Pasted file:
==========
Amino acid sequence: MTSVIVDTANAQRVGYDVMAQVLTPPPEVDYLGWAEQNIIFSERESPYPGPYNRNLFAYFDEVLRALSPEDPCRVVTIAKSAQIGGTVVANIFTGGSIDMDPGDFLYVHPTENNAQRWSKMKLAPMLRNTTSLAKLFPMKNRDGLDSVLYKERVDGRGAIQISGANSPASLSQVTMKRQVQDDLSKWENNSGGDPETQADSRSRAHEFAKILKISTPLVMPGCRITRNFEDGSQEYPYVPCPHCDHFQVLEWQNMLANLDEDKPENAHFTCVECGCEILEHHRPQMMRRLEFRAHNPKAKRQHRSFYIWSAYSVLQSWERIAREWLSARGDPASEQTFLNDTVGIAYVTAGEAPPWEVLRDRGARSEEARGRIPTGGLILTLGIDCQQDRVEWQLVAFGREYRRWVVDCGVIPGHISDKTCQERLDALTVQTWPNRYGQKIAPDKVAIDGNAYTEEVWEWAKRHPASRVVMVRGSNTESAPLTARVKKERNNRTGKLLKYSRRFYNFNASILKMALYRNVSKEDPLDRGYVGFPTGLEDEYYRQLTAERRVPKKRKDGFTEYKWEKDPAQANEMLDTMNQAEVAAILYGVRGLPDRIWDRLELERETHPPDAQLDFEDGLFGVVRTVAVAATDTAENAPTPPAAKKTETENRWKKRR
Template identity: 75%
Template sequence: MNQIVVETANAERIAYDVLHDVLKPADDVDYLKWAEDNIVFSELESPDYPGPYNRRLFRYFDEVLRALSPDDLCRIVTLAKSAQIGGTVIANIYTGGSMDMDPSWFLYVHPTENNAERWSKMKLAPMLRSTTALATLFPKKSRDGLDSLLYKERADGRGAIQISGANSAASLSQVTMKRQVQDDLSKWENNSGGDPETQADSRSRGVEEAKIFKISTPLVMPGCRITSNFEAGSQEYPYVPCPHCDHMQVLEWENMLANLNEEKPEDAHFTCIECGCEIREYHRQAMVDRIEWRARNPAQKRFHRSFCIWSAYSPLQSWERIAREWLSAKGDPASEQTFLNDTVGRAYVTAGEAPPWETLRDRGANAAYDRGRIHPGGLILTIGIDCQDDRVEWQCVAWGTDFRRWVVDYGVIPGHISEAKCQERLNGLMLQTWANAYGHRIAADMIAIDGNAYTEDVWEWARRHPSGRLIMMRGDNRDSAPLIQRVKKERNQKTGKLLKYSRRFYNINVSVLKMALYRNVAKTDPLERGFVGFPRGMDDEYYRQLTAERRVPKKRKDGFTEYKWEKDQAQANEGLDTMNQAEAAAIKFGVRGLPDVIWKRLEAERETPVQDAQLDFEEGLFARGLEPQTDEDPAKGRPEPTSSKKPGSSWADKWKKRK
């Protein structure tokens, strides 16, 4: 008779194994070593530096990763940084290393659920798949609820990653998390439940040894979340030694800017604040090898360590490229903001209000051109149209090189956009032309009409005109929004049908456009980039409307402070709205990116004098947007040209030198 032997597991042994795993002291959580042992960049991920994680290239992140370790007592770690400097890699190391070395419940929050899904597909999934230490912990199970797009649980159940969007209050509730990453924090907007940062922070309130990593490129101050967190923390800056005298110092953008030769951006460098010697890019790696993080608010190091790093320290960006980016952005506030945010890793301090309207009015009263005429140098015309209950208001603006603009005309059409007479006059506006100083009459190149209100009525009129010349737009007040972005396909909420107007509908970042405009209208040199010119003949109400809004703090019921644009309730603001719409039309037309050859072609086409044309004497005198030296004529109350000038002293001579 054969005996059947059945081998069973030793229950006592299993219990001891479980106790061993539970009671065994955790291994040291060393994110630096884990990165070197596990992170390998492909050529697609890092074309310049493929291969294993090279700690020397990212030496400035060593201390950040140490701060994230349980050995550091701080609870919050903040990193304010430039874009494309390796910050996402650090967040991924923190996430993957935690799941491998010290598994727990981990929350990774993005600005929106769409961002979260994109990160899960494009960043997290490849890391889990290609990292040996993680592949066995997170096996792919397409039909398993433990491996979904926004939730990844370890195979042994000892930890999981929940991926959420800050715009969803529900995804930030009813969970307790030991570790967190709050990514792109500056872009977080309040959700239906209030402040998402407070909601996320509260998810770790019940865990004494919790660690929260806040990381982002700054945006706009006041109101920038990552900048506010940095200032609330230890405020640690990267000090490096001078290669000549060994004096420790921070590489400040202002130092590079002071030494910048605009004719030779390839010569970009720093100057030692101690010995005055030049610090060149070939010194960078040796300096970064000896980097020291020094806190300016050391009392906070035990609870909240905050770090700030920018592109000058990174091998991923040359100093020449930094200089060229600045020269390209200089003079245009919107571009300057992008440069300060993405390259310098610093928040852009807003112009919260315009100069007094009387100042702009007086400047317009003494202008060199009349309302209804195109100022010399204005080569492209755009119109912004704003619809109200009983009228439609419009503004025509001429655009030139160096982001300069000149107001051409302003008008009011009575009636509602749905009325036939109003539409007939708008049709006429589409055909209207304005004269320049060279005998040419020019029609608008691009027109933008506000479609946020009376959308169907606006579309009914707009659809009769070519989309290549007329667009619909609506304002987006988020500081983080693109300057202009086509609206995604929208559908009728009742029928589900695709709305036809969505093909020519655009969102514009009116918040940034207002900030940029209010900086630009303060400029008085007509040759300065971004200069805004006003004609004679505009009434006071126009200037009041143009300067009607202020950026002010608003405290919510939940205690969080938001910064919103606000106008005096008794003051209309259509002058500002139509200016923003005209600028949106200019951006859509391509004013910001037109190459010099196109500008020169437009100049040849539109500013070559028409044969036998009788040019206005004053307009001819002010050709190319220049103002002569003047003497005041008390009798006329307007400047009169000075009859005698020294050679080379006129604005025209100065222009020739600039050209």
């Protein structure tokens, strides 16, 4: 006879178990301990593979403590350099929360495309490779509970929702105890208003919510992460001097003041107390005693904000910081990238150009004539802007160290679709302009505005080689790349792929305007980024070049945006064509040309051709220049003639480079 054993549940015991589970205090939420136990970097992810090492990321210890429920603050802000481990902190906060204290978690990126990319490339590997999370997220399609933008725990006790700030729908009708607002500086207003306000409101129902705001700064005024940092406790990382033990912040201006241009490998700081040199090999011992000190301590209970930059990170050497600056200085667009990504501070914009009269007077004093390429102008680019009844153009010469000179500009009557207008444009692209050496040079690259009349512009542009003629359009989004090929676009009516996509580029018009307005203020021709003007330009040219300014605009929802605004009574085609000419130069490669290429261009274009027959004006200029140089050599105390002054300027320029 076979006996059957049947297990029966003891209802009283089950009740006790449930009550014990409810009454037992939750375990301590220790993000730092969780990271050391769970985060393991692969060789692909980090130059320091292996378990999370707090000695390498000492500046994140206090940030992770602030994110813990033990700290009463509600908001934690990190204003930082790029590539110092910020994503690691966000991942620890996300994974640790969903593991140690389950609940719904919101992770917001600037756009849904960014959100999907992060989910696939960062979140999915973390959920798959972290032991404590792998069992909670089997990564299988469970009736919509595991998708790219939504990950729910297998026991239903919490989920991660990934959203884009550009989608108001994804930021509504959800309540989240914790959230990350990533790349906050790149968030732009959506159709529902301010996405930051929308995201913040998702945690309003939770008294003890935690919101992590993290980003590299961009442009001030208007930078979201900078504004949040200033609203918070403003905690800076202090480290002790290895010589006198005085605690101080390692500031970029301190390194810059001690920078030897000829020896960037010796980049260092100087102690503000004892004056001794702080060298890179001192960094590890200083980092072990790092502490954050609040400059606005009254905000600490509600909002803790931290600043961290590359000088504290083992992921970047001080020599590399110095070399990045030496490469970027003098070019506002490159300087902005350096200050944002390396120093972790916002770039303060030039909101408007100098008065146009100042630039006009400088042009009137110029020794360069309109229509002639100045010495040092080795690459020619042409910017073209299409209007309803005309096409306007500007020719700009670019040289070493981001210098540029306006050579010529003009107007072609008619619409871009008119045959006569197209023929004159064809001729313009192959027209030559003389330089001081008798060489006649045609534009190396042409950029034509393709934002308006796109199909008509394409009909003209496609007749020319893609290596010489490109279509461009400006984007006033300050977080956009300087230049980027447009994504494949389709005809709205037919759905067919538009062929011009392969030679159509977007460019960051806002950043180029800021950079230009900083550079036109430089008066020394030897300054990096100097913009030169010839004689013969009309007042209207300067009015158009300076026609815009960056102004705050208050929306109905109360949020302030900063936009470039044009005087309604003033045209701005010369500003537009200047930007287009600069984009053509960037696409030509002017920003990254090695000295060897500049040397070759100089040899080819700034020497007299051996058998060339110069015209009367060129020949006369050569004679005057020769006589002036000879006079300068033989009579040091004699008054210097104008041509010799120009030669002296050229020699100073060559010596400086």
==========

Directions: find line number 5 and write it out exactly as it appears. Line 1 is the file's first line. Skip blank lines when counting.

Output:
């Protein structure tokens, strides 16, 4: 006879178990301990593979403590350099929360495309490779509970929702105890208003919510992460001097003041107390005693904000910081990238150009004539802007160290679709302009505005080689790349792929305007980024070049945006064509040309051709220049003639480079 054993549940015991589970205090939420136990970097992810090492990321210890429920603050802000481990902190906060204290978690990126990319490339590997999370997220399609933008725990006790700030729908009708607002500086207003306000409101129902705001700064005024940092406790990382033990912040201006241009490998700081040199090999011992000190301590209970930059990170050497600056200085667009990504501070914009009269007077004093390429102008680019009844153009010469000179500009009557207008444009692209050496040079690259009349512009542009003629359009989004090929676009009516996509580029018009307005203020021709003007330009040219300014605009929802605004009574085609000419130069490669290429261009274009027959004006200029140089050599105390002054300027320029 076979006996059957049947297990029966003891209802009283089950009740006790449930009550014990409810009454037992939750375990301590220790993000730092969780990271050391769970985060393991692969060789692909980090130059320091292996378990999370707090000695390498000492500046994140206090940030992770602030994110813990033990700290009463509600908001934690990190204003930082790029590539110092910020994503690691966000991942620890996300994974640790969903593991140690389950609940719904919101992770917001600037756009849904960014959100999907992060989910696939960062979140999915973390959920798959972290032991404590792998069992909670089997990564299988469970009736919509595991998708790219939504990950729910297998026991239903919490989920991660990934959203884009550009989608108001994804930021509504959800309540989240914790959230990350990533790349906050790149968030732009959506159709529902301010996405930051929308995201913040998702945690309003939770008294003890935690919101992590993290980003590299961009442009001030208007930078979201900078504004949040200033609203918070403003905690800076202090480290002790290895010589006198005085605690101080390692500031970029301190390194810059001690920078030897000829020896960037010796980049260092100087102690503000004892004056001794702080060298890179001192960094590890200083980092072990790092502490954050609040400059606005009254905000600490509600909002803790931290600043961290590359000088504290083992992921970047001080020599590399110095070399990045030496490469970027003098070019506002490159300087902005350096200050944002390396120093972790916002770039303060030039909101408007100098008065146009100042630039006009400088042009009137110029020794360069309109229509002639100045010495040092080795690459020619042409910017073209299409209007309803005309096409306007500007020719700009670019040289070493981001210098540029306006050579010529003009107007072609008619619409871009008119045959006569197209023929004159064809001729313009192959027209030559003389330089001081008798060489006649045609534009190396042409950029034509393709934002308006796109199909008509394409009909003209496609007749020319893609290596010489490109279509461009400006984007006033300050977080956009300087230049980027447009994504494949389709005809709205037919759905067919538009062929011009392969030679159509977007460019960051806002950043180029800021950079230009900083550079036109430089008066020394030897300054990096100097913009030169010839004689013969009309007042209207300067009015158009300076026609815009960056102004705050208050929306109905109360949020302030900063936009470039044009005087309604003033045209701005010369500003537009200047930007287009600069984009053509960037696409030509002017920003990254090695000295060897500049040397070759100089040899080819700034020497007299051996058998060339110069015209009367060129020949006369050569004679005057020769006589002036000879006079300068033989009579040091004699008054210097104008041509010799120009030669002296050229020699100073060559010596400086």